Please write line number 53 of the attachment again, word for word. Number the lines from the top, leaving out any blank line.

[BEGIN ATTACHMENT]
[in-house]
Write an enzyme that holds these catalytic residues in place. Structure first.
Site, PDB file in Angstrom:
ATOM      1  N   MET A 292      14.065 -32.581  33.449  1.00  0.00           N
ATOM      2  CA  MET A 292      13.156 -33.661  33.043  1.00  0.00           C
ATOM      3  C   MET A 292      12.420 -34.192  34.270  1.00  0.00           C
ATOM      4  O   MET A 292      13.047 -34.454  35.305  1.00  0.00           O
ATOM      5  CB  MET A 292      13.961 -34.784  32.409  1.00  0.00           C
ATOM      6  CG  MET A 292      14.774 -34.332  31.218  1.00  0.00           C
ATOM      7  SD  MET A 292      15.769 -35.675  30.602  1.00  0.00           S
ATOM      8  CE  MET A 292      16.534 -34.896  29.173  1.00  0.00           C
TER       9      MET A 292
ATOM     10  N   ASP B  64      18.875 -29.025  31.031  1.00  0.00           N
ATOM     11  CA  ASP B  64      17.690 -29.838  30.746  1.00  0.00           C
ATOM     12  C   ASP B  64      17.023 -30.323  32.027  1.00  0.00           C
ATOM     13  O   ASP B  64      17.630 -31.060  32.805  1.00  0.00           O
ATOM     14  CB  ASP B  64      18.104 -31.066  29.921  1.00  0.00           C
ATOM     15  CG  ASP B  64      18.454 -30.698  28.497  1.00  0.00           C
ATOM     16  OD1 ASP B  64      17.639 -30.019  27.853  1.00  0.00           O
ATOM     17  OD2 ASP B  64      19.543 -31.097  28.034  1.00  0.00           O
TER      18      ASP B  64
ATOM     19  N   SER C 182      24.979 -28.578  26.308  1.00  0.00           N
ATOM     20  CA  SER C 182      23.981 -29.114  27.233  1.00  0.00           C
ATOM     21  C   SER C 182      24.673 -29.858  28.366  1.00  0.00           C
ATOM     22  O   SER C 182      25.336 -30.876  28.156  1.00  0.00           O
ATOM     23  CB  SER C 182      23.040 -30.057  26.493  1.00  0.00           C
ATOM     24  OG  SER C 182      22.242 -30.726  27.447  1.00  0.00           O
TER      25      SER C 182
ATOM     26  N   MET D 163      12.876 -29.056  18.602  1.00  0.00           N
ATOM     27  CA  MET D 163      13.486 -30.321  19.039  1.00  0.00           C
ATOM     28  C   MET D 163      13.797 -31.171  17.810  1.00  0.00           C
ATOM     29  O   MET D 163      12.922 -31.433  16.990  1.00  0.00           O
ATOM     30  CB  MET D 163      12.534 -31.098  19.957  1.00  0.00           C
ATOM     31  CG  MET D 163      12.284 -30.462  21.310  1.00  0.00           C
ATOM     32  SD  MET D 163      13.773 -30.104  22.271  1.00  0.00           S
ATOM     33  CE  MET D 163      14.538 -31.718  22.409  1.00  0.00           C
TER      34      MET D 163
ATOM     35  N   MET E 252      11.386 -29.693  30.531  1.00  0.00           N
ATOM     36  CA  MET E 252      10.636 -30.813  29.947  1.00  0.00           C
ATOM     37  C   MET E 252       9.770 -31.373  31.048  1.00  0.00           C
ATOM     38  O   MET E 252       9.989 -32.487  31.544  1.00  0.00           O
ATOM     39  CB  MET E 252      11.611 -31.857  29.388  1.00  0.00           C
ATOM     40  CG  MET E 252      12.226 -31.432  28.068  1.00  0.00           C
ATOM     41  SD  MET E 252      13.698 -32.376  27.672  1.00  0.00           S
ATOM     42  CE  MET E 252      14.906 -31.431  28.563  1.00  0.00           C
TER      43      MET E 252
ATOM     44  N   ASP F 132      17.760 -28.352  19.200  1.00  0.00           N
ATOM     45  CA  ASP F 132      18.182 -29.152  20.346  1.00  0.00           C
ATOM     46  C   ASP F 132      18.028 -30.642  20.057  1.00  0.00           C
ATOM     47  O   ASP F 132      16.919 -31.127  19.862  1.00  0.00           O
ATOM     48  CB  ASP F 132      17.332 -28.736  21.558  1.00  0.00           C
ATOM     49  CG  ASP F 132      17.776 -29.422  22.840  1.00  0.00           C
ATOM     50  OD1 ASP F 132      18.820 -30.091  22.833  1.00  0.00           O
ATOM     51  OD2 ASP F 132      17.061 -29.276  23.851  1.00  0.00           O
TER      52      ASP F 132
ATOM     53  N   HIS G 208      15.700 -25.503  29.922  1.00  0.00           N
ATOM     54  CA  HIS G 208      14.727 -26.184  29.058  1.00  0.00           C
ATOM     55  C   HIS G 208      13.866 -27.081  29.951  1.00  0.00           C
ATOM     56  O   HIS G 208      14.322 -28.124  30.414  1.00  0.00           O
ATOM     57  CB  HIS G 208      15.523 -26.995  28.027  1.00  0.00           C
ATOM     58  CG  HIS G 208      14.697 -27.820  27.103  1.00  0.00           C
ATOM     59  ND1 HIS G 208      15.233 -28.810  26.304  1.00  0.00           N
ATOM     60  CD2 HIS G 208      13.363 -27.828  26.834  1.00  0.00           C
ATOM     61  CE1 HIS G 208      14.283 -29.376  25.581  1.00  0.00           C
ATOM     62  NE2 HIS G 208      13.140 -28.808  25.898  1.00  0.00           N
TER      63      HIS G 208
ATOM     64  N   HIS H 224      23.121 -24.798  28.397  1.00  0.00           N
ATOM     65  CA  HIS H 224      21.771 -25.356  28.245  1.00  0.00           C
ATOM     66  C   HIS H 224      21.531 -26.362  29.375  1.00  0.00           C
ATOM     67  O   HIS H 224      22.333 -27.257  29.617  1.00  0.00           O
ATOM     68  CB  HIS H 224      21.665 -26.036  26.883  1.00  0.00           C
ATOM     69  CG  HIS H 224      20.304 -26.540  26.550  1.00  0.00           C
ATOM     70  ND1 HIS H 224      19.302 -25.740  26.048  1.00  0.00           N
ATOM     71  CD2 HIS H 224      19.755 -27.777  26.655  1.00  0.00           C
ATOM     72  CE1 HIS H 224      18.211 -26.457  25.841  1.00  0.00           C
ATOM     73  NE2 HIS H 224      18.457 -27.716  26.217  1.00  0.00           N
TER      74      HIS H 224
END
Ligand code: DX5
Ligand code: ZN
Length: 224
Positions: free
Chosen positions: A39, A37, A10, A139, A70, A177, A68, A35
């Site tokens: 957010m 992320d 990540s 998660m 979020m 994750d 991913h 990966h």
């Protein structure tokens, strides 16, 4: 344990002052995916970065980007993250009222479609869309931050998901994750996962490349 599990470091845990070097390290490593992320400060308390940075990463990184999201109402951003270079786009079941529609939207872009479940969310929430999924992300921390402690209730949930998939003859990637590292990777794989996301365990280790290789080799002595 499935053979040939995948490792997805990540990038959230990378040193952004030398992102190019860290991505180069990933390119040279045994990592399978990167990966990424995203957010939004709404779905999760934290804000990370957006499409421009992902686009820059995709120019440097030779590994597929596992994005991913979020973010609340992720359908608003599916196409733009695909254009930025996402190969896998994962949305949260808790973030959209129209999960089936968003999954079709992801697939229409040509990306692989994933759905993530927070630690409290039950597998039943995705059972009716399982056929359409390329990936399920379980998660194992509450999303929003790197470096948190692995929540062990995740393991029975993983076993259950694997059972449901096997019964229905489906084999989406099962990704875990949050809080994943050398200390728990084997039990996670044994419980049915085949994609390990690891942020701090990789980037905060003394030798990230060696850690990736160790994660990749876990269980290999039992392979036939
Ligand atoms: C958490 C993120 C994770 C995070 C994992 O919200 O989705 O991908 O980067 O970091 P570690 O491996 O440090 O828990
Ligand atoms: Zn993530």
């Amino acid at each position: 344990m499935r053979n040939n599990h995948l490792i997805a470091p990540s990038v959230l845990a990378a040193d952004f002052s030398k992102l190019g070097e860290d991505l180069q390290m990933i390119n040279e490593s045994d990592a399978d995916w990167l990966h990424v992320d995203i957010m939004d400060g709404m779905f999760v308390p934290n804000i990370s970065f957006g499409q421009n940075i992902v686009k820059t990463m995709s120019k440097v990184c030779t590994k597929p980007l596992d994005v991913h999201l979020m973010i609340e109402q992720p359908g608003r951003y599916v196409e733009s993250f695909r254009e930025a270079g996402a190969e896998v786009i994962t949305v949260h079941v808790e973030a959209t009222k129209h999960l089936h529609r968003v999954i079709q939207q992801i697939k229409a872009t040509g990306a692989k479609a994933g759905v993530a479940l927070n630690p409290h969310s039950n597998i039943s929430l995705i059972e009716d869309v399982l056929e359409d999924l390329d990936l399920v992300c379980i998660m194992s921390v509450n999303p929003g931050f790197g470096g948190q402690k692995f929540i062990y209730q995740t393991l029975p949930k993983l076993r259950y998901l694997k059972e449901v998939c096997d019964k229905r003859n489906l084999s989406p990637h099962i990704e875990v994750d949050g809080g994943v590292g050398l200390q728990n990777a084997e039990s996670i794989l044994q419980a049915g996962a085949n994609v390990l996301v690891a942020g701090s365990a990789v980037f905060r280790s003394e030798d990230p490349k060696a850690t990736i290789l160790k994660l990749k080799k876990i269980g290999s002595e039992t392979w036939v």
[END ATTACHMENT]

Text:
ATOM     50  OD1 ASP F 132      18.820 -30.091  22.833  1.00  0.00           O